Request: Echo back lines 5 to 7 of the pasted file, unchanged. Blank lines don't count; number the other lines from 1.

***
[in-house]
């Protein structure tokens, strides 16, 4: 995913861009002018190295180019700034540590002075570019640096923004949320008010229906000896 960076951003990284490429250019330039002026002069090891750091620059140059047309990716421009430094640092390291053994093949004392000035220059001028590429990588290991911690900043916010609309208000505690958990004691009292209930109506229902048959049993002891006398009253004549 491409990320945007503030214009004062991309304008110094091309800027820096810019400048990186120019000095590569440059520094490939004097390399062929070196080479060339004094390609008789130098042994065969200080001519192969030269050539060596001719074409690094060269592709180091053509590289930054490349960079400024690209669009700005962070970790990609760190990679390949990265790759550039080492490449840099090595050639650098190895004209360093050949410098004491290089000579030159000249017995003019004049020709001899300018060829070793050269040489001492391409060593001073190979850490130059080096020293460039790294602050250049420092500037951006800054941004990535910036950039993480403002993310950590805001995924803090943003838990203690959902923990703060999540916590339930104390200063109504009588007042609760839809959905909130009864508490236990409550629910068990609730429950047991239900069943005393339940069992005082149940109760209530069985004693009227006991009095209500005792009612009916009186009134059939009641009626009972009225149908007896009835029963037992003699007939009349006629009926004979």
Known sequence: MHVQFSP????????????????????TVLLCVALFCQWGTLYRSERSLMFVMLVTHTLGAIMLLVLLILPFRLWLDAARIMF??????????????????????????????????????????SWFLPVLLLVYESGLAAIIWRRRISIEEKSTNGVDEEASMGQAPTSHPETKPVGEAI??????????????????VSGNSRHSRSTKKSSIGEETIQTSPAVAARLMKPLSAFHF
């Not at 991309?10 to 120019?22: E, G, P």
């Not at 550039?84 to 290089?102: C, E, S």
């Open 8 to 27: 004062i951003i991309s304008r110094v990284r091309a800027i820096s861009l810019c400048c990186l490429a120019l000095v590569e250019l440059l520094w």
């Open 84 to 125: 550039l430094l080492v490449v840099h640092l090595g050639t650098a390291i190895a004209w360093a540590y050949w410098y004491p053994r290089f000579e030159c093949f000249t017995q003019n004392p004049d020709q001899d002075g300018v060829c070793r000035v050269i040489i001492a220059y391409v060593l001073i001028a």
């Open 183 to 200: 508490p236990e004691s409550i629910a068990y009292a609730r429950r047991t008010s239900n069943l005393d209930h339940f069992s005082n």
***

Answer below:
């Not at 550039?84 to 290089?102: C, E, S």
């Open 8 to 27: 004062i951003i991309s304008r110094v990284r091309a800027i820096s861009l810019c400048c990186l490429a120019l000095v590569e250019l440059l520094w």
């Open 84 to 125: 550039l430094l080492v490449v840099h640092l090595g050639t650098a390291i190895a004209w360093a540590y050949w410098y004491p053994r290089f000579e030159c093949f000249t017995q003019n004392p004049d020709q001899d002075g300018v060829c070793r000035v050269i040489i001492a220059y391409v060593l001073i001028a």